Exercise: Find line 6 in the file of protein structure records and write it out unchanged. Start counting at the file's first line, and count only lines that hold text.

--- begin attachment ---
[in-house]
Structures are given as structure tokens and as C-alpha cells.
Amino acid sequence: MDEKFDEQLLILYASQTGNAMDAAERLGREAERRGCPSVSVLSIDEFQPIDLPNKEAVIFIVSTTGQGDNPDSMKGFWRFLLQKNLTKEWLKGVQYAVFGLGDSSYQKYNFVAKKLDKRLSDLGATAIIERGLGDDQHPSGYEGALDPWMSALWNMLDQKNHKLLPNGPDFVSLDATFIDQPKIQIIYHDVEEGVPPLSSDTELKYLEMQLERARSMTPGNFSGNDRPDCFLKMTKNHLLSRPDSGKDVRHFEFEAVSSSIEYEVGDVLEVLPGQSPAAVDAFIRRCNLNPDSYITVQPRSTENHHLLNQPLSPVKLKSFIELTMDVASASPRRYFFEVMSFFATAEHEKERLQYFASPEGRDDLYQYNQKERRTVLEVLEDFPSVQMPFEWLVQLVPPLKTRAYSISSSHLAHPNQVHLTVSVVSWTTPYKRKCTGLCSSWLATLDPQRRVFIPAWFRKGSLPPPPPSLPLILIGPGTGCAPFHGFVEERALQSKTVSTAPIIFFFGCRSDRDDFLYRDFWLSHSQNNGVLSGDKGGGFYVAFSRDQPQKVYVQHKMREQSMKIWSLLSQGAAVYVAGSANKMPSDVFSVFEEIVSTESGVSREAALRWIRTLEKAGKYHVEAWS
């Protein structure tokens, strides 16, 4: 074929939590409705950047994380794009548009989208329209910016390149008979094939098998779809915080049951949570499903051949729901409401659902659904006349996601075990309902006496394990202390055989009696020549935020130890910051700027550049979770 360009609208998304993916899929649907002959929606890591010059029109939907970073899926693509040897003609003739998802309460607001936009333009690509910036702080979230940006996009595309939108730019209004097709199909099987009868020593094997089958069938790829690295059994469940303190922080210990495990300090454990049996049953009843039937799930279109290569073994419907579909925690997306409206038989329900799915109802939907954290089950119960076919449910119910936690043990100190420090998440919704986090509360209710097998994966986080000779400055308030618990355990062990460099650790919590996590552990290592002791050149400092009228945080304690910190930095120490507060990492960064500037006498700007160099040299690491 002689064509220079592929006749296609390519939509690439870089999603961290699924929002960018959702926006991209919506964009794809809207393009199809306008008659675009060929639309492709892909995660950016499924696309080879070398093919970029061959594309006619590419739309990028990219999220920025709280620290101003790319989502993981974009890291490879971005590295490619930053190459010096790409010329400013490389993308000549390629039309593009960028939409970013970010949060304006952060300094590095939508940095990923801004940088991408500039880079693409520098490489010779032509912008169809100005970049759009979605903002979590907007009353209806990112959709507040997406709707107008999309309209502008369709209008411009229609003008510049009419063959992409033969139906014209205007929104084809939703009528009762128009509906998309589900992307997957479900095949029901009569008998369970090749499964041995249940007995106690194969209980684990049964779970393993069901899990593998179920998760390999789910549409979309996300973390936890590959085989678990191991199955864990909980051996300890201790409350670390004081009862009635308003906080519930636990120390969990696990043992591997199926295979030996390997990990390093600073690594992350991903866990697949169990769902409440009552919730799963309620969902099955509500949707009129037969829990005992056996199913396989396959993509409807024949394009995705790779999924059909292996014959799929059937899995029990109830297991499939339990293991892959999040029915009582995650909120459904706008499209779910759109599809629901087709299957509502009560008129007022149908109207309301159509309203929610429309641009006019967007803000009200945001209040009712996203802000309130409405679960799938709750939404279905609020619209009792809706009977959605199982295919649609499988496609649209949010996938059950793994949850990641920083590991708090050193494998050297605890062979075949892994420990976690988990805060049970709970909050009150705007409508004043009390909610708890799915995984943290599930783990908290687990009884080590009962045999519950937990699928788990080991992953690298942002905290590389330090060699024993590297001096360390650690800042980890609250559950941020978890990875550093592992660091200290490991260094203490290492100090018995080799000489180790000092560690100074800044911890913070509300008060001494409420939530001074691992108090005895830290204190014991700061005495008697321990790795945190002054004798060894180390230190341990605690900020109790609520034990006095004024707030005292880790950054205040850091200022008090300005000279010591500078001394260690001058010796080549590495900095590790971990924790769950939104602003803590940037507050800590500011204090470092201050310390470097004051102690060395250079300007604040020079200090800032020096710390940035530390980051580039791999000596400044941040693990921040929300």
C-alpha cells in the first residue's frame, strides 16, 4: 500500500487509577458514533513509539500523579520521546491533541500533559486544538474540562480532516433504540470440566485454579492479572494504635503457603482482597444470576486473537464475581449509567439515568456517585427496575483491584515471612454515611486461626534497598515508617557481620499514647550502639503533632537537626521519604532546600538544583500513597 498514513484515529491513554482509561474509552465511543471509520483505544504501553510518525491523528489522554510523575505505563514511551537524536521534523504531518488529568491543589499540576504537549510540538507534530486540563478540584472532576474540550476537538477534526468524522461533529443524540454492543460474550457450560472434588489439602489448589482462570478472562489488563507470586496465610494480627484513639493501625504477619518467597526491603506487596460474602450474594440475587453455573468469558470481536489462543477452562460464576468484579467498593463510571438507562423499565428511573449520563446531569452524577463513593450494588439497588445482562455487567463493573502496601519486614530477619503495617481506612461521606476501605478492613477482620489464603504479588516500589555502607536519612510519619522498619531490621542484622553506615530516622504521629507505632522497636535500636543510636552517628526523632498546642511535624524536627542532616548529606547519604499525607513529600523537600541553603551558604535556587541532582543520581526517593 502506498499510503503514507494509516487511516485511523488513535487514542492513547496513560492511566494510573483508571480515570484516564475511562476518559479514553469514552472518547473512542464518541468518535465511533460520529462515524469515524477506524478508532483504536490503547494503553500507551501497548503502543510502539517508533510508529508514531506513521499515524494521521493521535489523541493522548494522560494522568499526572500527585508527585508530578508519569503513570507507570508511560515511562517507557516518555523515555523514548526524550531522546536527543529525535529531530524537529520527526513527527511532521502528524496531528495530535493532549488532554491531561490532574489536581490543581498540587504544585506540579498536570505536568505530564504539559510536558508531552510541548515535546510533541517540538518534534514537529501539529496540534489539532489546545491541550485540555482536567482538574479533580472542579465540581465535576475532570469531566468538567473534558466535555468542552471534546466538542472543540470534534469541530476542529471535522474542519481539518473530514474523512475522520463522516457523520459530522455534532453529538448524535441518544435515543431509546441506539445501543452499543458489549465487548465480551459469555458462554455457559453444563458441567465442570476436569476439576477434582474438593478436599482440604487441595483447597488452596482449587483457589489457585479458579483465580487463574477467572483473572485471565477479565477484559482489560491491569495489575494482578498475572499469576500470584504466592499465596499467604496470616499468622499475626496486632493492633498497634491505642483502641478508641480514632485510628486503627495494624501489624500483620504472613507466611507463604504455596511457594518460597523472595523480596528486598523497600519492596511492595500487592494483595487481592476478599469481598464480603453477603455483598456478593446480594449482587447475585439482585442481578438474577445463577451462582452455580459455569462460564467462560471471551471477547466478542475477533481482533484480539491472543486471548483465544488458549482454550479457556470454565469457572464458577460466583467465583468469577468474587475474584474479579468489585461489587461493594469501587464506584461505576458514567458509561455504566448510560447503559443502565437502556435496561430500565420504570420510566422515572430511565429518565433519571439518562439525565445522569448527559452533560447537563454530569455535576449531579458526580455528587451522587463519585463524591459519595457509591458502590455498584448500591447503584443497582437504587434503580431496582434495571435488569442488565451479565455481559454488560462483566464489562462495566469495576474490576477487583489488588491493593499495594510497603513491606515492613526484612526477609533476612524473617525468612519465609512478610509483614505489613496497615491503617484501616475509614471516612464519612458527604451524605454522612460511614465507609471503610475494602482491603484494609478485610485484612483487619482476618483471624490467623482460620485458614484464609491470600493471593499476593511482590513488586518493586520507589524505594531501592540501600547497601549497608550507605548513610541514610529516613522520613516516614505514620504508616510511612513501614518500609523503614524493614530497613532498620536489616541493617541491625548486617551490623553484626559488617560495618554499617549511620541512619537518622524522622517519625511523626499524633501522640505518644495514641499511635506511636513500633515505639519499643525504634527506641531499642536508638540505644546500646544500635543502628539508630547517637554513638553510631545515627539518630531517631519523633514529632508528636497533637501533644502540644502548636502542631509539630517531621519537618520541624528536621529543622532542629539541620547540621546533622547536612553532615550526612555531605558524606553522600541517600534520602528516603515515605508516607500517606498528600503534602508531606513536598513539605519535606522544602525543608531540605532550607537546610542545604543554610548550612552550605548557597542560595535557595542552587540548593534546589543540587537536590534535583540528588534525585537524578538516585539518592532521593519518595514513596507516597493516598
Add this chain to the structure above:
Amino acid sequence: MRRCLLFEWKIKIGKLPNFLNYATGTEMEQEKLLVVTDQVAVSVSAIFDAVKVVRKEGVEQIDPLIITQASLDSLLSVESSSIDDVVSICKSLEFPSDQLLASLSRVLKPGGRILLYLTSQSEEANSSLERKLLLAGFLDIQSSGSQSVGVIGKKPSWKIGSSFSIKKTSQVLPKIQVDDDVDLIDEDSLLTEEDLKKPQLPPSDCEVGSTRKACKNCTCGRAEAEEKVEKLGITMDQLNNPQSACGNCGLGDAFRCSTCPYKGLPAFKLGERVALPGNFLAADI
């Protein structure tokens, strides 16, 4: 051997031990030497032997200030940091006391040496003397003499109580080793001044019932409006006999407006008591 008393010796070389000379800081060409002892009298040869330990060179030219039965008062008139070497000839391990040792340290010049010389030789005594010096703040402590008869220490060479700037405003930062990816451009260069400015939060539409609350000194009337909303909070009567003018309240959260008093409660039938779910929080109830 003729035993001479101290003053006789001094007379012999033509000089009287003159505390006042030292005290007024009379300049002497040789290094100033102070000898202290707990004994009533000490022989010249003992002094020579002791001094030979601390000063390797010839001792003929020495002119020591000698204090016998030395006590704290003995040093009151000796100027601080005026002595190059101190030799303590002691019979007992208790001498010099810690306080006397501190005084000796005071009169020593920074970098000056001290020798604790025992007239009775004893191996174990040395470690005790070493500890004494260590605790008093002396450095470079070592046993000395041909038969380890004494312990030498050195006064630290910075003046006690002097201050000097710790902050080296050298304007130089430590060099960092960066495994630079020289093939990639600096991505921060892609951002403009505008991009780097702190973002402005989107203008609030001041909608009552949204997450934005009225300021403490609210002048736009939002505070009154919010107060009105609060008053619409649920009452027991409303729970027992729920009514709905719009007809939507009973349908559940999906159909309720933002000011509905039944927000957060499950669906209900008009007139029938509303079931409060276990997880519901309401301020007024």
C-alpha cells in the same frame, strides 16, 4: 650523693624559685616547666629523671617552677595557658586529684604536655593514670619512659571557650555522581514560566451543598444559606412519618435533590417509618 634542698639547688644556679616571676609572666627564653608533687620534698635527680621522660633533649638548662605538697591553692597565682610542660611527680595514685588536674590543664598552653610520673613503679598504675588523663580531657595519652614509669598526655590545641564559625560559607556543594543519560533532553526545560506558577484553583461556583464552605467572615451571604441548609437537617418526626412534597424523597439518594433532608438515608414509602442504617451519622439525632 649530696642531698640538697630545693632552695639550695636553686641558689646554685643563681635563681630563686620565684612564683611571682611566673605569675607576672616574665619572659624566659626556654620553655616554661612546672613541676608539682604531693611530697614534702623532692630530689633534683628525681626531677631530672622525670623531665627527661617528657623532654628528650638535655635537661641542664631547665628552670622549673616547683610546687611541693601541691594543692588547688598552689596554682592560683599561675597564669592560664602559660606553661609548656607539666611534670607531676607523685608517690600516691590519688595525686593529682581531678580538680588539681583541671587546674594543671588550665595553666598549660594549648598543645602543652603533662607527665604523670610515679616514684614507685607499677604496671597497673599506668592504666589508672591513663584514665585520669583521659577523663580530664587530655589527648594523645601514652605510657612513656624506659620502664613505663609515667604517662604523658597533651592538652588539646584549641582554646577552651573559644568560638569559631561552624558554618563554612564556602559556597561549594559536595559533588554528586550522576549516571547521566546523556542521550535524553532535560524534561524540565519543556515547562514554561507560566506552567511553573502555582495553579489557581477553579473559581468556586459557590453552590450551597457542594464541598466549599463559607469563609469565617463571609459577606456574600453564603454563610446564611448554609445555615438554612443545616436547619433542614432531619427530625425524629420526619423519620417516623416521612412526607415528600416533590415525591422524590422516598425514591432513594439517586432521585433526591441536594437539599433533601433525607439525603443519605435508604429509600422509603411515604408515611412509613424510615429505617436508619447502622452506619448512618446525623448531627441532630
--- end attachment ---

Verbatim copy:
Add this chain to the structure above: